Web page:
Kartheeswaran KK is a CEG alumnus and one of the masterminds behind Ninjacart, a supply chain and logistics start-up launched in 2015. On 8th February 2019, he was invited to give a guest lecture as a part of Enantra’19. Guindy Times had the privilege to interview Kartheeswaran who shed more light about Ninjacart, the biggest agri-tech platform in India.
GT: From where did you get the inspiration to start Ninjacart?
Kartheeswaran: I didn’t want to start a B2B company, like what we are today. I started the company with a B2C mindset, something in relation to Grofers, and BigBasket. But later, at some point in time, I realized that I was not doing substantial business in the B2C space. I wanted to prevent the number of layers or middle-men involved in the agricultural supply chain and to add value to lots of farmlands.
GT: How was the name Ninjacart formed?
Kartheeswaran: Well, we looked up the internet for website names and eventually came up with Ninjacart; “cart” represents the shopping basket-like service we provide and we speed up and provide efficient transportation hence, the name “Ninja”.
GT: Could you tell us the main goal of Ninjacart and how it helps farmers?
Kartheeswaran: Every farmer with whom we have worked with will get an extra one Rupee per kilogram of their produce. This makes a huge difference. Normally, the farmer would get revenue of say, 2 lakh per annum but when he sells his produce to us, he will get revenue of 2.5 lakh per annum which is a 20 percent increase in revenue and has a bigger impact on his life.
GT: We are hearing a lot about people from non-agricultural background investing in farming. What do you have to say about that?
Kartheeswaran: I think people from IT or other technological sectors are starting to look for purpose in what they do. Everybody is willing to earn more but people are starting to realize that beyond a point, it’s not about the work they do, it’s about the self-satisfaction. And you derive this sort of fulfilment when you go back to your roots, back to your hometown, and make a difference. So agriculture is the natural option.
GT: So, what advice would you give them and how can they do better things in the field?
Kartheeswaran: Agriculture is a profitable business, but it is portrayed in the wrong light in the media as a publicity stunt. A large part of it is horticulture i.e., growing fruits and vegetables. It is a very productive business and I recommend everyone to start investing in it. There is a lot of material online and there are lots of companies like Intergarden which provide a variety of opportunities and help you get started.
GT: What strategies and technologies does Ninjacart use to solve common problems and how does it set itself apart from similar supply chain companies?
Kartheeswaran: For succeeding in this field there are two simple viewpoints. First is, to have very strong business acumen. It's not a classic business where you go push all the buttons and magic happens. One has to get to the ground, work with the farmers and retailers, and go on Monday mornings at 2 o’ clock to see the options of the day. Second is a very strong technology and resources. What we tried to do is to expand through technology and that’s why we set up in multiple cities which have a much shorter time-frame because they have stronger supply chain technology.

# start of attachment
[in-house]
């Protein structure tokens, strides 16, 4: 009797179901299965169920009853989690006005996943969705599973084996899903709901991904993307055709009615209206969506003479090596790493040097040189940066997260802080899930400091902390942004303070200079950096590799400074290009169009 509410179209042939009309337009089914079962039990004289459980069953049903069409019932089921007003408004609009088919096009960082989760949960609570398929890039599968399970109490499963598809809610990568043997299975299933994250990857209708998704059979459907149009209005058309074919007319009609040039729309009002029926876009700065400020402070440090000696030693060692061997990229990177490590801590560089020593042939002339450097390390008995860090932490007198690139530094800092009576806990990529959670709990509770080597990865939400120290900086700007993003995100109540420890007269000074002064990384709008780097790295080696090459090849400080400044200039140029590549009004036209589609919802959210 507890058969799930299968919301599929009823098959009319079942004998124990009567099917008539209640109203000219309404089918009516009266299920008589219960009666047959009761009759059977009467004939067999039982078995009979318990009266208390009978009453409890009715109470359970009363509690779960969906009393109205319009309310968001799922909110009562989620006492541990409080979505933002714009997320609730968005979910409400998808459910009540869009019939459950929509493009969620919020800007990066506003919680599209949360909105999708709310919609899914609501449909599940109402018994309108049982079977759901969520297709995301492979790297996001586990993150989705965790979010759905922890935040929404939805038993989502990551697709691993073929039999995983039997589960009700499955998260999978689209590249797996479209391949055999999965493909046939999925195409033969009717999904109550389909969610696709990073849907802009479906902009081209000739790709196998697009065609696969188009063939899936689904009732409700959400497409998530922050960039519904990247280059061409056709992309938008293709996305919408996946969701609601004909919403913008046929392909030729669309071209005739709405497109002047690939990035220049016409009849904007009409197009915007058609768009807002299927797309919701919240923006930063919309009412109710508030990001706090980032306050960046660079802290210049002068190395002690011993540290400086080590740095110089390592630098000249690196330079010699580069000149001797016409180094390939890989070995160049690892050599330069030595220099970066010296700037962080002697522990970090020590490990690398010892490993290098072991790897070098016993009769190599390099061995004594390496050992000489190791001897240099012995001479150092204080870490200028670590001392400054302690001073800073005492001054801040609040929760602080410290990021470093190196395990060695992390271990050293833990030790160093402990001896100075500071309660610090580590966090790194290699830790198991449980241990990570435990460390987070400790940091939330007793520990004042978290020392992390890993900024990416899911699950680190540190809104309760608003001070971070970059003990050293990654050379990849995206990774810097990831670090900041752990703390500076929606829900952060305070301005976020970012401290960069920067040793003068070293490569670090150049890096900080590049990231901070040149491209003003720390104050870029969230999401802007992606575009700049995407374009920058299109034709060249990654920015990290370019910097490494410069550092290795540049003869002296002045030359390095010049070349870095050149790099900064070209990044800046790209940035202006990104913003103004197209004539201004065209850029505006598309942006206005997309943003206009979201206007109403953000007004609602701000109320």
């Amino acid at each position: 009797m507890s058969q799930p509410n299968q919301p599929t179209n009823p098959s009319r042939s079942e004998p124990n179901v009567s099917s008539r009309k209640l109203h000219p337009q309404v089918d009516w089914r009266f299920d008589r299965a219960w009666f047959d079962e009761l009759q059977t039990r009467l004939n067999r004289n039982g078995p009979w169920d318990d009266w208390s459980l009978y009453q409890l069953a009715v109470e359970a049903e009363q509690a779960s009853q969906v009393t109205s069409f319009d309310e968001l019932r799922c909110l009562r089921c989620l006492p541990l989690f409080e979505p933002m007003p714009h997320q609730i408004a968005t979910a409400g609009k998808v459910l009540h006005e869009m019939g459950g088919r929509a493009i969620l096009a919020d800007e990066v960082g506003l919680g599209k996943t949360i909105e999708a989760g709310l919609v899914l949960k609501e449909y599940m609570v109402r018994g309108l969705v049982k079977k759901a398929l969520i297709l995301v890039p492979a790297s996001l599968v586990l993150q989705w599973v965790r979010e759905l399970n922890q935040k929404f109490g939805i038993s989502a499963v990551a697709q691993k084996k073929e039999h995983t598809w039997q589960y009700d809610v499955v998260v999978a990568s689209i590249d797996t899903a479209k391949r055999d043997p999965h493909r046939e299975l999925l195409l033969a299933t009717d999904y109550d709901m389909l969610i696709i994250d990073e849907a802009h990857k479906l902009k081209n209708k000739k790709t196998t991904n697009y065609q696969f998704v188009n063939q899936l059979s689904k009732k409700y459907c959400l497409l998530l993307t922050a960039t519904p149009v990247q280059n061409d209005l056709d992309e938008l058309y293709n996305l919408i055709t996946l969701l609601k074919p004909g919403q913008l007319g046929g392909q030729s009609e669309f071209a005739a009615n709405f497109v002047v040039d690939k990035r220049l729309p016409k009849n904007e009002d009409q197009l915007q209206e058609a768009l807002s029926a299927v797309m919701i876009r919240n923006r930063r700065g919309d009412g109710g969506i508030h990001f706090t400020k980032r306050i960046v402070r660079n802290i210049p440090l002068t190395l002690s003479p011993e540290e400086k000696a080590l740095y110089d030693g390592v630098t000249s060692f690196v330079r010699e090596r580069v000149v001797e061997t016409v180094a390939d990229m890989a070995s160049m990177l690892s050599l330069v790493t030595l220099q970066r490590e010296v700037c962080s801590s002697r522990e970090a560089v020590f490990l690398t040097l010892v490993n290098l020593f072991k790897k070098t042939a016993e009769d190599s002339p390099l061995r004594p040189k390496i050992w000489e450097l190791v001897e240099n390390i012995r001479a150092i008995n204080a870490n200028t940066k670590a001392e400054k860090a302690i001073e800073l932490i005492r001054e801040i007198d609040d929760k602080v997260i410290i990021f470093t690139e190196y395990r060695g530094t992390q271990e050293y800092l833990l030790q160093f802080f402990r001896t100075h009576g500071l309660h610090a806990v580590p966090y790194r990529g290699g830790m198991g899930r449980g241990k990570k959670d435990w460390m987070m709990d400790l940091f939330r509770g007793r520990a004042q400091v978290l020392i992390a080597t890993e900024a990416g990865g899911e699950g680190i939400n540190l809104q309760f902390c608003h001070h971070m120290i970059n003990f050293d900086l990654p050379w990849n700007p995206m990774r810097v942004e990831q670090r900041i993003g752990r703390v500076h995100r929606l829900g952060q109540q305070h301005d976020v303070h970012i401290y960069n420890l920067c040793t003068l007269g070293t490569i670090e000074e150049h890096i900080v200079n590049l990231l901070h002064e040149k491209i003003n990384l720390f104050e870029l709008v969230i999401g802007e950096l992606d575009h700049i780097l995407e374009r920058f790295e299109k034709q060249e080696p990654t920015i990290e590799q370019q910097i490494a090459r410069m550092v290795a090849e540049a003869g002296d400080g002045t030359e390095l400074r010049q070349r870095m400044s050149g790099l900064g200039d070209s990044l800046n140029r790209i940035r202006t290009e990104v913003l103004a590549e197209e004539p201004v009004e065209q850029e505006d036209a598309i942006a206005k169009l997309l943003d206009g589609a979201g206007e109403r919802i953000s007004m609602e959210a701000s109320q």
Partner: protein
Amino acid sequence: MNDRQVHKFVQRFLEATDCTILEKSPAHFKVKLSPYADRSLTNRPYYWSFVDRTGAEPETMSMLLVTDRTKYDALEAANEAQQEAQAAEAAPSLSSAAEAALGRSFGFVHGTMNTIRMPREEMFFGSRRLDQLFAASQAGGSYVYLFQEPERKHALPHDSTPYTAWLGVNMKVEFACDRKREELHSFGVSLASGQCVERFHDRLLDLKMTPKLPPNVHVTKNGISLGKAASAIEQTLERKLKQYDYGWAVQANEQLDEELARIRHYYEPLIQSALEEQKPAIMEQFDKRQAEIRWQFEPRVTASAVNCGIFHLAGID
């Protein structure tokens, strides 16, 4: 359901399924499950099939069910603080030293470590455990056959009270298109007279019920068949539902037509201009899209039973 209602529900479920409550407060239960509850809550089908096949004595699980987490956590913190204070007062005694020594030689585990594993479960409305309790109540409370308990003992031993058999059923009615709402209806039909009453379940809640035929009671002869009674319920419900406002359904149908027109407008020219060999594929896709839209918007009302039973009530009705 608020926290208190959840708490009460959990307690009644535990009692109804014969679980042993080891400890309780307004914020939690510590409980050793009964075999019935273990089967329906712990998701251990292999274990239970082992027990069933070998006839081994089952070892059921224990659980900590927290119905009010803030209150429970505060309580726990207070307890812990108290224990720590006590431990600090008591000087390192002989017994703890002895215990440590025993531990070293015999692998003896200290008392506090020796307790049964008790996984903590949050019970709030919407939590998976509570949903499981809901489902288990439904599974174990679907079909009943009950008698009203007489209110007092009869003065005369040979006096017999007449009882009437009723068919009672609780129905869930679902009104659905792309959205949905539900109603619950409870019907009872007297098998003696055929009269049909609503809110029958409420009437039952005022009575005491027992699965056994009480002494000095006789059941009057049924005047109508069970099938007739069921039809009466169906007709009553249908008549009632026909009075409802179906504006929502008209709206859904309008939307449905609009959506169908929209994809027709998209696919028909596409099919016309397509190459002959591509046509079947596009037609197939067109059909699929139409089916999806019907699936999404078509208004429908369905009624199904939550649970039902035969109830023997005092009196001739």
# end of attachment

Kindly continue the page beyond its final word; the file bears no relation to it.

GT: On behalf of Guindy Times, I would like to congratulate you for making it to Forbes India's '30 under 30' list for the year 2019. How do you feel about the achievement?
Kartheeswaran: I feel the same way any normal person would, I suppose. It’s good recognition for the work we have done, and I am happy about it.
GT: You are an alumnus of CEG, what was your experience like?
Kartheeswaran: I was in the 2012 batch. CEG is great and it has a lot of free-range activities that cater to every student’s interest. I used to be a part of the robotics club, and I like hacking. I used to play a lot of video games. I was a part of CSAU, the Computer Society of Anna University and Kurukshetra which is organized by CTF, of which I was a student director. I have been whatever I wanted to be. CEG is a place where people get to do the things that they like. It is up to the pupil to choose what path they want to take. They have to make the best use of CEG. It gives the push in the right direction. It is purely up to the students’ motivation level.
GT: What advice would you give for a person that is looking to expand in the supply chain field?
Kartheeswaran: There are lots of online materials. They can come and join Ninjacart! They can try some very specific supply chain institutes like NITIE in Mumbai. They can also intern in companies like Amazon, Intel etc. It all depends on that person’s goals.
GT: Could you tell us about the internship options at Ninjacart?
Kartheeswaran: We always look for people with high energy and enthusiasm; someone with a lot of willpower. As long as there is an intent to learn, a thirst to prove something, then you will love the atmosphere at Ninjacart. Anybody can contact me through my mail address.
GT: Who are your role models?
Kartheeswaran: My grandfather and my dad. My grandfather himself was an entrepreneur and guided me a lot in this journey. My dad always says that you must be the one to work hard to achieve your own goals and nobody is going to hand it to you very easily. He taught me about sheer perseverance. Thirukumaran Nagarajan, the co-founder and the CEO of TaxiForSure is my role model too.
The Guindy Times thanks the Team behind Enantra for giving us this opportunity